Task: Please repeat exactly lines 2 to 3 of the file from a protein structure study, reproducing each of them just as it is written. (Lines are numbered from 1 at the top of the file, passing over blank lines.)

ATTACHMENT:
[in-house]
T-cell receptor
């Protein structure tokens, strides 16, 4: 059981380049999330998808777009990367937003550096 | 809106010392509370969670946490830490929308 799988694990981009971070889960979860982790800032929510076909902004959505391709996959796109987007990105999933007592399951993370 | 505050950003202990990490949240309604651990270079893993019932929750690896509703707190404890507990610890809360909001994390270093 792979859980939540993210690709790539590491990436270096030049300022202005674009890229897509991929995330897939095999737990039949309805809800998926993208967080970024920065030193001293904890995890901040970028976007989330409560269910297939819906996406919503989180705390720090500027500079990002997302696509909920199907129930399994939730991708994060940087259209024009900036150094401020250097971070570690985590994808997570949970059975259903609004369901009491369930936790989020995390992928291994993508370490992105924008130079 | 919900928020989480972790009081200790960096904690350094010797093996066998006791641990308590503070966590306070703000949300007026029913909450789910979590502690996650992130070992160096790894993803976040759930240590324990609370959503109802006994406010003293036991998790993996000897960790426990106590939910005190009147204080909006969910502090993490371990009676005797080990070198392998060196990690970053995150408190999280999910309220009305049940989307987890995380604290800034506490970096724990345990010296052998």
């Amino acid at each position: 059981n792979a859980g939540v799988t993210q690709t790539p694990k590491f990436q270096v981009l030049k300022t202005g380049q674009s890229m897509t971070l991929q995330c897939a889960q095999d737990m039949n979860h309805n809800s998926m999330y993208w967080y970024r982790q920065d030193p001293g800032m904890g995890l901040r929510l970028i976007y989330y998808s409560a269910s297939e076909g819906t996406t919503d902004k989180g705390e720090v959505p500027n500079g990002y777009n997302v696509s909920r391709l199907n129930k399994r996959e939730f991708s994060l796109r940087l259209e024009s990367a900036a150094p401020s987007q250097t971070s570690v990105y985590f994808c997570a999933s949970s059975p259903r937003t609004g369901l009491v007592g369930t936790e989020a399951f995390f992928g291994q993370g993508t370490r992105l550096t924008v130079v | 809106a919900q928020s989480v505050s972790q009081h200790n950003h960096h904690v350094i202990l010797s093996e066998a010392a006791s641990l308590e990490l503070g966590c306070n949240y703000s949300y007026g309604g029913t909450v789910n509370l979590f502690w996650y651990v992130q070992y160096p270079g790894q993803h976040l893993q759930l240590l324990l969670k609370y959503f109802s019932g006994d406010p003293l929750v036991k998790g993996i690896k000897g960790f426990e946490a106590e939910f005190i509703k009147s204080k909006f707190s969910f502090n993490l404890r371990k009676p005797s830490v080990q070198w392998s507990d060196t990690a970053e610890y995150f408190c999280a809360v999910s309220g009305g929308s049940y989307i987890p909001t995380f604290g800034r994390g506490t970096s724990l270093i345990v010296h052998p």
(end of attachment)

T-cell receptor
């Protein structure tokens, strides 16, 4: 059981380049999330998808777009990367937003550096 | 809106010392509370969670946490830490929308 799988694990981009971070889960979860982790800032929510076909902004959505391709996959796109987007990105999933007592399951993370 | 505050950003202990990490949240309604651990270079893993019932929750690896509703707190404890507990610890809360909001994390270093 792979859980939540993210690709790539590491990436270096030049300022202005674009890229897509991929995330897939095999737990039949309805809800998926993208967080970024920065030193001293904890995890901040970028976007989330409560269910297939819906996406919503989180705390720090500027500079990002997302696509909920199907129930399994939730991708994060940087259209024009900036150094401020250097971070570690985590994808997570949970059975259903609004369901009491369930936790989020995390992928291994993508370490992105924008130079 | 919900928020989480972790009081200790960096904690350094010797093996066998006791641990308590503070966590306070703000949300007026029913909450789910979590502690996650992130070992160096790894993803976040759930240590324990609370959503109802006994406010003293036991998790993996000897960790426990106590939910005190009147204080909006969910502090993490371990009676005797080990070198392998060196990690970053995150408190999280999910309220009305049940989307987890995380604290800034506490970096724990345990010296052998």